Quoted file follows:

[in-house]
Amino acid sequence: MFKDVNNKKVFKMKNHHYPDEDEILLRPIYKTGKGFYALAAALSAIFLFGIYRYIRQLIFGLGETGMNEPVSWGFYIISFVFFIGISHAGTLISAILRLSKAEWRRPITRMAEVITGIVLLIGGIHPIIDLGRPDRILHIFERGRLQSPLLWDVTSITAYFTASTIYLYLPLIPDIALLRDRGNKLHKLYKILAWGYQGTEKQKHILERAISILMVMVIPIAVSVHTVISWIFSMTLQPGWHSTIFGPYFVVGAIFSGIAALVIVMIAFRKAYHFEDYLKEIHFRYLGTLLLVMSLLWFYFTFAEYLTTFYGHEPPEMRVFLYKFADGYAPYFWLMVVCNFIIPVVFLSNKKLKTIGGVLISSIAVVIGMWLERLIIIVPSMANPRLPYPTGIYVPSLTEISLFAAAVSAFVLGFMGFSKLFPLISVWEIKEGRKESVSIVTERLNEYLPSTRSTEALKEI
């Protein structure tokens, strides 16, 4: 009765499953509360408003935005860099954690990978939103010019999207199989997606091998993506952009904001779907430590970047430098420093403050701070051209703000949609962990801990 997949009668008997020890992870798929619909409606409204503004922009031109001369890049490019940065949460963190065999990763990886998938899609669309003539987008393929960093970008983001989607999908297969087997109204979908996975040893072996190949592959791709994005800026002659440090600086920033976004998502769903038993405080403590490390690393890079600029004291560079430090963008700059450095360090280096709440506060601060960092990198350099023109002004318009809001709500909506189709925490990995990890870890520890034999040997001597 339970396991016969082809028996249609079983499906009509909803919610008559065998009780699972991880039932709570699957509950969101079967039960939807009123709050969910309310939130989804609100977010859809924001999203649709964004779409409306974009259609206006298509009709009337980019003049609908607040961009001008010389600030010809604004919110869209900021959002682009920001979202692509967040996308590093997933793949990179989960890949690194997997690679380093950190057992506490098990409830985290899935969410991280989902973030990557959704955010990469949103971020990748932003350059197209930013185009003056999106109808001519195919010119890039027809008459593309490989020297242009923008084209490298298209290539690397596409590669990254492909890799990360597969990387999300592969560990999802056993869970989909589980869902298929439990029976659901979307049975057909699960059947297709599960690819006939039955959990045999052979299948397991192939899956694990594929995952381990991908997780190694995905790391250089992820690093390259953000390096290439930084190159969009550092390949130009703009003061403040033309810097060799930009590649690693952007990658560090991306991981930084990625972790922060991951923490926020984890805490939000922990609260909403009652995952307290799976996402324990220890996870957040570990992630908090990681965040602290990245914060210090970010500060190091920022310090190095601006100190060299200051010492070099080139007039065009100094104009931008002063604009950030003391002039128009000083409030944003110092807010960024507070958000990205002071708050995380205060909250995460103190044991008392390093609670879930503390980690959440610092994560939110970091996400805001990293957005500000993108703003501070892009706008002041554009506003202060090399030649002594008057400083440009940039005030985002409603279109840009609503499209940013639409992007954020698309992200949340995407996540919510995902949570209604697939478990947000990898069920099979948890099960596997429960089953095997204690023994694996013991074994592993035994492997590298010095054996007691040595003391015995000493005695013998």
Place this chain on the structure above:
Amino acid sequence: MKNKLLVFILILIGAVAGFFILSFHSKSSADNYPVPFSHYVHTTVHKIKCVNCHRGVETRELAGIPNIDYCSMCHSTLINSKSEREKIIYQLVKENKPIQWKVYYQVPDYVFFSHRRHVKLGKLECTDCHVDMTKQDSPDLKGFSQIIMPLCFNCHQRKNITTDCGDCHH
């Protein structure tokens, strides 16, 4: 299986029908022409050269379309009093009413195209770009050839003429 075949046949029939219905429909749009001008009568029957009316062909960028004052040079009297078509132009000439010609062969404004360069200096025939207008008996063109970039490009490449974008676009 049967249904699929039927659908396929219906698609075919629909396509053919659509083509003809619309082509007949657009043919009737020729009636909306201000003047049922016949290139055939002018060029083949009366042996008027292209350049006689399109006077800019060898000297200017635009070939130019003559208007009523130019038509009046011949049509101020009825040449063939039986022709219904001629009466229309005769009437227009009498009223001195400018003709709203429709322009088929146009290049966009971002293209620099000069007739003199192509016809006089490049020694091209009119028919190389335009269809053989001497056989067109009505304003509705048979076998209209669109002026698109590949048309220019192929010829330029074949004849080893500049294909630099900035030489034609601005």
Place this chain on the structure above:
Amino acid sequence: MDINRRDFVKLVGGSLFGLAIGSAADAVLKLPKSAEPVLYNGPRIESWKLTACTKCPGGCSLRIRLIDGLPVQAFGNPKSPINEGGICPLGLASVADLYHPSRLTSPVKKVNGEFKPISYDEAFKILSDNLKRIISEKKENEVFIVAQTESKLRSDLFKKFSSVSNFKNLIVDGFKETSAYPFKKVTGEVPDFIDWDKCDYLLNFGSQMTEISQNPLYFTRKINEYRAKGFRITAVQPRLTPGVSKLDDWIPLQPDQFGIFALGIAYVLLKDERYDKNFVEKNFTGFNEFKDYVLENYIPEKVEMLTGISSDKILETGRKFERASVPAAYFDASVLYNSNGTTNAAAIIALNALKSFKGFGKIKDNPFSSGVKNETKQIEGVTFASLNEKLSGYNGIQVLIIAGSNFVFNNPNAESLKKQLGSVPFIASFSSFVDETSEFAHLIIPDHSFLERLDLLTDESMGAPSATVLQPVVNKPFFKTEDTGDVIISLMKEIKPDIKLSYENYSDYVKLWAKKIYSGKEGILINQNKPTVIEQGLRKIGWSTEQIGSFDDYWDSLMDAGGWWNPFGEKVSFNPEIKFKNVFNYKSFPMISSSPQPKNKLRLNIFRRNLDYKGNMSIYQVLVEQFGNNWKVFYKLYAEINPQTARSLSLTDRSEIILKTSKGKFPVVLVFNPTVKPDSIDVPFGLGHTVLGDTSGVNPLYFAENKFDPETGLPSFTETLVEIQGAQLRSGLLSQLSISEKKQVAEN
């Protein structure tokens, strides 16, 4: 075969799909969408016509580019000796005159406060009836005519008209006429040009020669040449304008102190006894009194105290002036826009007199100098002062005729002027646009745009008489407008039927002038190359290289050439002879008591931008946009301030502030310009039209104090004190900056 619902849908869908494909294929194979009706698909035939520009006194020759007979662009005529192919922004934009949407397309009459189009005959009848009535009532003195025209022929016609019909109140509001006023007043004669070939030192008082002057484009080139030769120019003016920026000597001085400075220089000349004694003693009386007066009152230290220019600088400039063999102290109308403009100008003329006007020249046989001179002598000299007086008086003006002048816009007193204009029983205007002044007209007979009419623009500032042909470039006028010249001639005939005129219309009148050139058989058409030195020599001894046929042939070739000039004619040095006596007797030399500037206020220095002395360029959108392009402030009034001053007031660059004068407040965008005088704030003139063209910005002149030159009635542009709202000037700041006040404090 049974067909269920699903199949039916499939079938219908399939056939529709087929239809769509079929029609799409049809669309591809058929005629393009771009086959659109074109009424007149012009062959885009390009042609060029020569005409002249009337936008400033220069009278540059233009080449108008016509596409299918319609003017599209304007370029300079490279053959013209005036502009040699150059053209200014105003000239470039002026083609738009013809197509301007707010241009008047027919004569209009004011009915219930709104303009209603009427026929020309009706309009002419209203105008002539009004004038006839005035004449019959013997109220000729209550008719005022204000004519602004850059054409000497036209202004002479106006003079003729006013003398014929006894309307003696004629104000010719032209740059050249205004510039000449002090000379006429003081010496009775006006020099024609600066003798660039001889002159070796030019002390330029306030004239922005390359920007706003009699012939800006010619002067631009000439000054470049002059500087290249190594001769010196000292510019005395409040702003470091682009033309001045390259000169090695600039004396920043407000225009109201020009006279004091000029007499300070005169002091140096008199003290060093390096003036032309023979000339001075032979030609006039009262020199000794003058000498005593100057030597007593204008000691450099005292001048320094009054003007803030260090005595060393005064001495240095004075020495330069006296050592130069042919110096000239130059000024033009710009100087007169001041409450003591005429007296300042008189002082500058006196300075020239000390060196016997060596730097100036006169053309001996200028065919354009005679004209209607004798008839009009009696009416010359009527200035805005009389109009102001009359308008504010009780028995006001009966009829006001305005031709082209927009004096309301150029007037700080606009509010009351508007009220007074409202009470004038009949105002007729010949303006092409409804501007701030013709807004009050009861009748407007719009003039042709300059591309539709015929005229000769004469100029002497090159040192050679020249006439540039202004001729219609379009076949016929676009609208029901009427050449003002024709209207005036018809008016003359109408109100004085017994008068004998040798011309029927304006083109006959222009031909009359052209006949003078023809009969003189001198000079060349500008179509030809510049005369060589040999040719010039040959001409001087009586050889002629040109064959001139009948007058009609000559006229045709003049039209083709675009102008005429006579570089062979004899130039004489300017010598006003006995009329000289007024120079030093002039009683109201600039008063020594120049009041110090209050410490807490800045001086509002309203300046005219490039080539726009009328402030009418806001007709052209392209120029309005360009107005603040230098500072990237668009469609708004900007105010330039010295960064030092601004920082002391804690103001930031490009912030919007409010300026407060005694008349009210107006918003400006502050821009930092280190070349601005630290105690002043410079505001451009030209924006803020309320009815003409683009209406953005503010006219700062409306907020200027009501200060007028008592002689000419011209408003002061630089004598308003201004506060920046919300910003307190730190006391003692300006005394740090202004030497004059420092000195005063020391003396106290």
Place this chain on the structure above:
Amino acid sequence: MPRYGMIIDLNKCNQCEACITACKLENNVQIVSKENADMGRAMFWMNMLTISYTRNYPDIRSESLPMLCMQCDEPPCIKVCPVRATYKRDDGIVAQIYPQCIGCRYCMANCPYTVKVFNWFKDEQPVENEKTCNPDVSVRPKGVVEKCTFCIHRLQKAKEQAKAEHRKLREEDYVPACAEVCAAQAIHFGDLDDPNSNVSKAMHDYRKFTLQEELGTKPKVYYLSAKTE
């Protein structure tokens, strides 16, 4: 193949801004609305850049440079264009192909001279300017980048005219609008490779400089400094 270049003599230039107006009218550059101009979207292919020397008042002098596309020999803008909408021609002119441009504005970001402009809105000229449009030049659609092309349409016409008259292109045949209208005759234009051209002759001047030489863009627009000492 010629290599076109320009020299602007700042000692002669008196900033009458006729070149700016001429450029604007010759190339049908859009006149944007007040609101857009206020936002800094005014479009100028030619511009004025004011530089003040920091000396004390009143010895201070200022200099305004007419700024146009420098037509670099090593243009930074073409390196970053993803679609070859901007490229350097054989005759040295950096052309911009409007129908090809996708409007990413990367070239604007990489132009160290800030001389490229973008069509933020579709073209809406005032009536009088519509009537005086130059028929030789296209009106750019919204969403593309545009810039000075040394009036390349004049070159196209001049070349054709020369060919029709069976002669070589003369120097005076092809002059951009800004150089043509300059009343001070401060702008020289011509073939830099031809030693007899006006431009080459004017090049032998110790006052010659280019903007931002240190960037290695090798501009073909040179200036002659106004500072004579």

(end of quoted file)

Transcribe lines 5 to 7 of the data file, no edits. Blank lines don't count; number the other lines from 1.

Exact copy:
Amino acid sequence: MKNKLLVFILILIGAVAGFFILSFHSKSSADNYPVPFSHYVHTTVHKIKCVNCHRGVETRELAGIPNIDYCSMCHSTLINSKSEREKIIYQLVKENKPIQWKVYYQVPDYVFFSHRRHVKLGKLECTDCHVDMTKQDSPDLKGFSQIIMPLCFNCHQRKNITTDCGDCHH
């Protein structure tokens, strides 16, 4: 299986029908022409050269379309009093009413195209770009050839003429 075949046949029939219905429909749009001008009568029957009316062909960028004052040079009297078509132009000439010609062969404004360069200096025939207008008996063109970039490009490449974008676009 049967249904699929039927659908396929219906698609075919629909396509053919659509083509003809619309082509007949657009043919009737020729009636909306201000003047049922016949290139055939002018060029083949009366042996008027292209350049006689399109006077800019060898000297200017635009070939130019003559208007009523130019038509009046011949049509101020009825040449063939039986022709219904001629009466229309005769009437227009009498009223001195400018003709709203429709322009088929146009290049966009971002293209620099000069007739003199192509016809006089490049020694091209009119028919190389335009269809053989001497056989067109009505304003509705048979076998209209669109002026698109590949048309220019192929010829330029074949004849080893500049294909630099900035030489034609601005």
Place this chain on the structure above: